While the concept of food cost percentage (an item’s ingredient cost divided by it’s menu price) is the most commonly used criteria for assessing effective cost controls, the concept of contribution margin (an item’s menu price less it’s food cost) is the basis of menu engineering. A simple question should make the distinction clear. If you could sell one more item before your restaurant closed today, would it be a sirloin steak for $20 that costs you $8 or a plate of pasta primavera for $10 that costs you $2. While the food cost percentage of the pasta is 20% versus 40% for the steak, the steak will contribute $12 to gross revenue as opposed to $8 for the pasta. I’ll take the $12… thank you very much. Contribution margin then is based on the dollars you take to the bank.

Accounting for the Popularity of Menu Items 

While a menu item's contribution margin tells us how many dollars each individual sale of the item contributes to the cash register, you need to know how popular the item is to determine the total dollars it contributes to the restaurant’s revenue. A popular item with a high contribution margin is a “star” while an unpopular item with a low contribution margin would fairly be called a “dog”. Menu engineering therefore takes each menu items contribution margin and its popularity into account to determine into which of four categories it falls: star, workhorse, challenge or dog. We’ll get back to these categories shortly.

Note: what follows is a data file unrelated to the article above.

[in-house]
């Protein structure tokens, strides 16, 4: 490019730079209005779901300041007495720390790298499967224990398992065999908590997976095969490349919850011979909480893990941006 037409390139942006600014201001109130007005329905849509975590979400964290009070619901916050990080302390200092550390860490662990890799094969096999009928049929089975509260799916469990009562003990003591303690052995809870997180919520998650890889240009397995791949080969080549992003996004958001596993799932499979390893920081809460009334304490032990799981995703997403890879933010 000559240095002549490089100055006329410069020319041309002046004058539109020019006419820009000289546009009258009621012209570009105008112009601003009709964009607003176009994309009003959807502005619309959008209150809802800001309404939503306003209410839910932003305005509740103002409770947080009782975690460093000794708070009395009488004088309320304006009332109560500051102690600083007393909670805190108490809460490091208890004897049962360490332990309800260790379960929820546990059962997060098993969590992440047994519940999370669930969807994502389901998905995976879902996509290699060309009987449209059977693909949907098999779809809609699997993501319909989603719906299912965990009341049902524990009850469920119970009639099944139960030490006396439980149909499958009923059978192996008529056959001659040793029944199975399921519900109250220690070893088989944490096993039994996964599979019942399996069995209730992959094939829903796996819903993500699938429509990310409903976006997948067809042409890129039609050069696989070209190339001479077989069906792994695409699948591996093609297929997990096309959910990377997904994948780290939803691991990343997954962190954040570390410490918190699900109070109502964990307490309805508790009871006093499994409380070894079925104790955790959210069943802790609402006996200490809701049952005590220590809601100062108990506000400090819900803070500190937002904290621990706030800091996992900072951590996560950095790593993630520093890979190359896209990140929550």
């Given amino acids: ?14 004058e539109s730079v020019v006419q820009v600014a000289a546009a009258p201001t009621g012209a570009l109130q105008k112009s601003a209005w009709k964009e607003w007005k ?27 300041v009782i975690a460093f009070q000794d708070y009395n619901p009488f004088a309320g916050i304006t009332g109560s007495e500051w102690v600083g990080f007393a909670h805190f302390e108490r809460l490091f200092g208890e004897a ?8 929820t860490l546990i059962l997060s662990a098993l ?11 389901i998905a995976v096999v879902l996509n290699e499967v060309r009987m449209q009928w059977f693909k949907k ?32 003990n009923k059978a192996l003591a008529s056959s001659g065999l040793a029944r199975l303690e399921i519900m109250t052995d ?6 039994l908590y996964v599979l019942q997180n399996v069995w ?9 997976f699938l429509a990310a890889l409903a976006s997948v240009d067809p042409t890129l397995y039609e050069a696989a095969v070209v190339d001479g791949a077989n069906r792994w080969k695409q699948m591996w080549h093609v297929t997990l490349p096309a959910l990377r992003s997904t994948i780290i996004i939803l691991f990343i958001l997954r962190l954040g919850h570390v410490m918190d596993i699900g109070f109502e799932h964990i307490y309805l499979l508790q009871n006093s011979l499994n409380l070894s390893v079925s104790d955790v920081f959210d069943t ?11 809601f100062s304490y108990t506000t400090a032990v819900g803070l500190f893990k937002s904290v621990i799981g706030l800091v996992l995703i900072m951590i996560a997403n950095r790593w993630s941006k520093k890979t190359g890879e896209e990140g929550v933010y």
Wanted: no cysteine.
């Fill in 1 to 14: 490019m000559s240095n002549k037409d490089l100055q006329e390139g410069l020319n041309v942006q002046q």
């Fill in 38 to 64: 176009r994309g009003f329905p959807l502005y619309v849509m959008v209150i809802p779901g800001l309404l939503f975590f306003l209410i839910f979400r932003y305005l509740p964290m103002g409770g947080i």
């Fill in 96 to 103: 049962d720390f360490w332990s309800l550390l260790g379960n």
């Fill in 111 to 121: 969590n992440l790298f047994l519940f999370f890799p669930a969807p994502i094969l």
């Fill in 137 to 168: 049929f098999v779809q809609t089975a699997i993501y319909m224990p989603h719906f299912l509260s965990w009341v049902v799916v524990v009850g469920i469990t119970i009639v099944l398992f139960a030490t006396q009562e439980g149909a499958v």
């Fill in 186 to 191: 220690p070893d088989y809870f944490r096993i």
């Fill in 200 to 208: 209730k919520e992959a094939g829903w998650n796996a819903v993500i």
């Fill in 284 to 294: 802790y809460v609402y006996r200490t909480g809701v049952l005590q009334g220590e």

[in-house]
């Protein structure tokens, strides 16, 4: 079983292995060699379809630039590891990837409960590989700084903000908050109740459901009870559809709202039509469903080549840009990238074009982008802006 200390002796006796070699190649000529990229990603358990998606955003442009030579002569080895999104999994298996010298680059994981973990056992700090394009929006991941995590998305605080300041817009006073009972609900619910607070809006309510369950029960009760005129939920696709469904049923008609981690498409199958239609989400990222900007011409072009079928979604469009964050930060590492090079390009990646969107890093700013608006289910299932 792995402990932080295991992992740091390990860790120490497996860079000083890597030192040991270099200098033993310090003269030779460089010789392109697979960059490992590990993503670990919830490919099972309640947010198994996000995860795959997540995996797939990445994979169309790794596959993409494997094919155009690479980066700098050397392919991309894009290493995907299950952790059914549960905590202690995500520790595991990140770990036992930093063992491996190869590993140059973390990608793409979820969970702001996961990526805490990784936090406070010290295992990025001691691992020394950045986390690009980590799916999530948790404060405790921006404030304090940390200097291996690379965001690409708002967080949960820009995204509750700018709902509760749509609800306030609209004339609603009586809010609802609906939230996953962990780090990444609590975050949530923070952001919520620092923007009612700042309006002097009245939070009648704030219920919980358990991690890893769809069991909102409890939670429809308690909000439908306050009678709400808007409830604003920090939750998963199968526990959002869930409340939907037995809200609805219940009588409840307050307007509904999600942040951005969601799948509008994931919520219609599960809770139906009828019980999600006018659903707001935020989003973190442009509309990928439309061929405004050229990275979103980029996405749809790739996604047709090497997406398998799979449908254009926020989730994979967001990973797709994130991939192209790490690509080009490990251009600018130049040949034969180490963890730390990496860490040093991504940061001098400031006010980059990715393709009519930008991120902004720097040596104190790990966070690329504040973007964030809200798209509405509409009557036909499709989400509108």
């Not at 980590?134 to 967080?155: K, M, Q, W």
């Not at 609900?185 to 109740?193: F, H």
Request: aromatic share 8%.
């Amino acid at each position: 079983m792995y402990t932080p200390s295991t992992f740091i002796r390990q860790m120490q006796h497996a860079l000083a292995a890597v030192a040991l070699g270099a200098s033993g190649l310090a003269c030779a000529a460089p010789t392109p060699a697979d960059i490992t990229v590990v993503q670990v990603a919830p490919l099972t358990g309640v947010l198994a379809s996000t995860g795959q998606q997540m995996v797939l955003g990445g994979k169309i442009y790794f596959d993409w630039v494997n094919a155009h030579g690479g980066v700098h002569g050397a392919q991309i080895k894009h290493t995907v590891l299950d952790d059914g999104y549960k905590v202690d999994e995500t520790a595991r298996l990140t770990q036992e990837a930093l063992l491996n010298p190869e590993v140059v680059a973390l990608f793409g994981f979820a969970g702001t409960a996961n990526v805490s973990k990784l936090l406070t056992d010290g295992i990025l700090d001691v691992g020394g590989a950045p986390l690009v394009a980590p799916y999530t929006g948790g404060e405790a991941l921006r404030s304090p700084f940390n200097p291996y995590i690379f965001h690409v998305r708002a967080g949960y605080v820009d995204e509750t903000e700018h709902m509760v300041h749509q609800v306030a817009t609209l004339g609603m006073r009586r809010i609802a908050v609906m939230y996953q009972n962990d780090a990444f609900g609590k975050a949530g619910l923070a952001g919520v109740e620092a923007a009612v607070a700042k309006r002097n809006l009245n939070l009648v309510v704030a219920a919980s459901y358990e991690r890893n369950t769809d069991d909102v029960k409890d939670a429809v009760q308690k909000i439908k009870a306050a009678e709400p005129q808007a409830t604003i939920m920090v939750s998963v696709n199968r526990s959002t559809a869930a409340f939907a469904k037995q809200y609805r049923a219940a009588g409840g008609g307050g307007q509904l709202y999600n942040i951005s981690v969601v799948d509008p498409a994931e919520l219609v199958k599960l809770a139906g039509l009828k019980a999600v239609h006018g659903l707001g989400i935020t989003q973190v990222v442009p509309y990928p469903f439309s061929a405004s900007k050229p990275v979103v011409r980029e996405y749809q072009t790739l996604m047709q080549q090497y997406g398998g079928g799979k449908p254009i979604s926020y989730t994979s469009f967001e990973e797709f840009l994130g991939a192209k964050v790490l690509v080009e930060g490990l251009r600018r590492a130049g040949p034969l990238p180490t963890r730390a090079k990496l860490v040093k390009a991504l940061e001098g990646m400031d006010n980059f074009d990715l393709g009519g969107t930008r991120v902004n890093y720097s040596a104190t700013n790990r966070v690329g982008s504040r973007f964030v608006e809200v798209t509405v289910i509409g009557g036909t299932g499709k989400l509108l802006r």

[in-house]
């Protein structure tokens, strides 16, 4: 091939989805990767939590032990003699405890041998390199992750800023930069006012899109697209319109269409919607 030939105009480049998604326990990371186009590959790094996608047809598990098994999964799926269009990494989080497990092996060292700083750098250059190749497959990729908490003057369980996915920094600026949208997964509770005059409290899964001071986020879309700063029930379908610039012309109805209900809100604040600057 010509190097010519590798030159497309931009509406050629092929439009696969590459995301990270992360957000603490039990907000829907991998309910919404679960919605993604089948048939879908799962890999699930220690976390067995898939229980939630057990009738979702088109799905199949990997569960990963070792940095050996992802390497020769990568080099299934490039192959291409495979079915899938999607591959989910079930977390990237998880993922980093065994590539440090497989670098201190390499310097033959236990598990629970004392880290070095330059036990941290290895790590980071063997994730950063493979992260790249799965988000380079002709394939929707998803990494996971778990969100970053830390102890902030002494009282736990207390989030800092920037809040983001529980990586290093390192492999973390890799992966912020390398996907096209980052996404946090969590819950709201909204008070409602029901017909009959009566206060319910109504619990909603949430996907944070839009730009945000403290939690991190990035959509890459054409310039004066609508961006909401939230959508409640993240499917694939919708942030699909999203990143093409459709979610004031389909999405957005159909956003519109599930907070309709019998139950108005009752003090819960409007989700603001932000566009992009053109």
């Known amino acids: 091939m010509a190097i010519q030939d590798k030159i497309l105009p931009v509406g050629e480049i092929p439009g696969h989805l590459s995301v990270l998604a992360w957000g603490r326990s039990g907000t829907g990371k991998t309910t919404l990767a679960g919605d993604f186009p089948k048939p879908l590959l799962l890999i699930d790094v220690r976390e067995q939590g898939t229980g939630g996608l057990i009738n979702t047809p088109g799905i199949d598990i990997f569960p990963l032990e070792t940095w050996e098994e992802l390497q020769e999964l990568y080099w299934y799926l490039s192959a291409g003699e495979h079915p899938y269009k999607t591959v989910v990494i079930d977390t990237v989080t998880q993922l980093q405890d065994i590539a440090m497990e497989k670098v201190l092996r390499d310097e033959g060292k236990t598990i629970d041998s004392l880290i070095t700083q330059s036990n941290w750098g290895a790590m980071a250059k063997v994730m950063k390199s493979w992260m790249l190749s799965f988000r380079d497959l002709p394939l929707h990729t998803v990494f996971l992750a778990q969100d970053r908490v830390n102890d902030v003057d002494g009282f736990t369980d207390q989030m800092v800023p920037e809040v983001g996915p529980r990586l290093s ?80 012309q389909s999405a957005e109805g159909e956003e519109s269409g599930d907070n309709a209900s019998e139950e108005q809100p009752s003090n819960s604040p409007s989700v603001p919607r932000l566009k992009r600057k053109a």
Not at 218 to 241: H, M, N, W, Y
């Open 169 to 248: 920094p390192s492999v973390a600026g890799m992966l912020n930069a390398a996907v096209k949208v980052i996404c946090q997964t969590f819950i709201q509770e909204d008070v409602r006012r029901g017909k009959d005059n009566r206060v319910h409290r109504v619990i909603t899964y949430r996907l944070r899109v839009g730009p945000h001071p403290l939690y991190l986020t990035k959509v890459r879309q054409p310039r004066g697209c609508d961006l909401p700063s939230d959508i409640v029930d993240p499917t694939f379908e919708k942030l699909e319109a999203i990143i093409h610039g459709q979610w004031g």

The Evaluation 

I have included a completed Menu Engineering spreadsheet to demonstrate how the process is performed based on the required information listed below. Click here to purchase this fully automated spreadsheet along with other powerful restaurant operations spreadsheets. 

The information that you need to perform a menu engineering exercise is as follows: